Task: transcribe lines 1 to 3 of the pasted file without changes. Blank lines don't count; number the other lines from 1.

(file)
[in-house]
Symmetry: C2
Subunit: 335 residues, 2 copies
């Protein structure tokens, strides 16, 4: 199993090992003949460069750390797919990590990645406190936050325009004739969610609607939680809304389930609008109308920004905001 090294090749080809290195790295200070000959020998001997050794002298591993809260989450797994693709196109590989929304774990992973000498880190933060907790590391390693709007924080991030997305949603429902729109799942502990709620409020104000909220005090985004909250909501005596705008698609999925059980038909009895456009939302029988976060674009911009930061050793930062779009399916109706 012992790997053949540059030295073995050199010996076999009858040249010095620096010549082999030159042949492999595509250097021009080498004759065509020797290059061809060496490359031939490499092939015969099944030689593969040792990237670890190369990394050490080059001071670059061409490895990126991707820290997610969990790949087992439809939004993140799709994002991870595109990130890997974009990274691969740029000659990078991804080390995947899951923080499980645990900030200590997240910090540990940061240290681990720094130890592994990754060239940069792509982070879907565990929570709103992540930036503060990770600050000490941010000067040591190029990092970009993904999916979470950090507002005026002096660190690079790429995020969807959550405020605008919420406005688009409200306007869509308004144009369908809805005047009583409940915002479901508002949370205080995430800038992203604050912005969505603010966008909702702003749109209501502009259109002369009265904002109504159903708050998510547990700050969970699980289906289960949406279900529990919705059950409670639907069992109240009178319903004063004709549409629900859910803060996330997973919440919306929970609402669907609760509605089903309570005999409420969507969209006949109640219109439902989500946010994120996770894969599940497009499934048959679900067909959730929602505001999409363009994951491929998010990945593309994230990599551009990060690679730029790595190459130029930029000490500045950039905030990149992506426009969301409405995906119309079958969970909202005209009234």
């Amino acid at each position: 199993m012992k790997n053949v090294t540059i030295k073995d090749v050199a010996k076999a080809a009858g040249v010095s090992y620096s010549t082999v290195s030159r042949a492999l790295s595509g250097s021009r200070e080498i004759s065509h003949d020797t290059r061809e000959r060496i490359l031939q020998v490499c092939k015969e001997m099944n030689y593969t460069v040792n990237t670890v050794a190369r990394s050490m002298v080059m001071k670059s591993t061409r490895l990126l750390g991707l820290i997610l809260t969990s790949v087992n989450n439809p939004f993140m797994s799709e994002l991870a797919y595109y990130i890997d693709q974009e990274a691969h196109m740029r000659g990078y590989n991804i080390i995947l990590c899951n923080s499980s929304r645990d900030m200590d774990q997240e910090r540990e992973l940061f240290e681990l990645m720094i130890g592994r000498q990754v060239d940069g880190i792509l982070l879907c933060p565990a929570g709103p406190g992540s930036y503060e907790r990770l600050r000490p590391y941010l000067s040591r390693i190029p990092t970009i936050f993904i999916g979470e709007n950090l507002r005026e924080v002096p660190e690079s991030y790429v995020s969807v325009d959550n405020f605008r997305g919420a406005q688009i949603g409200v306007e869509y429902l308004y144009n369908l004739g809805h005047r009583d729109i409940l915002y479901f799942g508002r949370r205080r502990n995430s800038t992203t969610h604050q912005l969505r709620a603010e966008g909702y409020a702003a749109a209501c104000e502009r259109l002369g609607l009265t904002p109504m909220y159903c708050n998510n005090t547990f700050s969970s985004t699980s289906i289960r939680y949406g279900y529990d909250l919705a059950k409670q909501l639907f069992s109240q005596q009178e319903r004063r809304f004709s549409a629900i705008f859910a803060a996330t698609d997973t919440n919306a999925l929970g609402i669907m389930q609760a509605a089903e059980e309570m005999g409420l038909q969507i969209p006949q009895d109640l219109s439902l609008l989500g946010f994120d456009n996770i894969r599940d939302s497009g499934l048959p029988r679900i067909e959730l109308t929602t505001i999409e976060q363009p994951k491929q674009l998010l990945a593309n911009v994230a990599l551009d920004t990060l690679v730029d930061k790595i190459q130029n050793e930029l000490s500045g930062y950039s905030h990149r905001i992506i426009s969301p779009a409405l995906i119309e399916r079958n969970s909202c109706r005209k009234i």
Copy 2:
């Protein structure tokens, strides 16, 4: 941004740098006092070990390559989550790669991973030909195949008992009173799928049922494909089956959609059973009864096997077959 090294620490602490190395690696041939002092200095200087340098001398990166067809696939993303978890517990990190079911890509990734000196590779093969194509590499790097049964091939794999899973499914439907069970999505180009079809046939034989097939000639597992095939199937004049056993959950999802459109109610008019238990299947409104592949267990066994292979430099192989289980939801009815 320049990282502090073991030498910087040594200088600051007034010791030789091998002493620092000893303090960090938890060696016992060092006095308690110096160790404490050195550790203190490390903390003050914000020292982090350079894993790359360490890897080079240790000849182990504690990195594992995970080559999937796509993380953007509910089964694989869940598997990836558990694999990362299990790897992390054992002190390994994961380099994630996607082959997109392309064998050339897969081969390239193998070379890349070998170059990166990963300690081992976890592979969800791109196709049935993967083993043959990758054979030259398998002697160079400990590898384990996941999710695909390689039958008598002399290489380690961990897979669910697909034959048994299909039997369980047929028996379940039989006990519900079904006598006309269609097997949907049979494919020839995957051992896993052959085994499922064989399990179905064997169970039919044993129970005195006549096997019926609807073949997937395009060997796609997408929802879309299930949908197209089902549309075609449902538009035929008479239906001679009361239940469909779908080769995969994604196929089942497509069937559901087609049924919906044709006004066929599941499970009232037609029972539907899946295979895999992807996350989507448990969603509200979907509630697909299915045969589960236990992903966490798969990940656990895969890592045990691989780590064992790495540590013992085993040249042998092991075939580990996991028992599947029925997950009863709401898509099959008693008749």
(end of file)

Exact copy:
[in-house]
Symmetry: C2
Subunit: 335 residues, 2 copies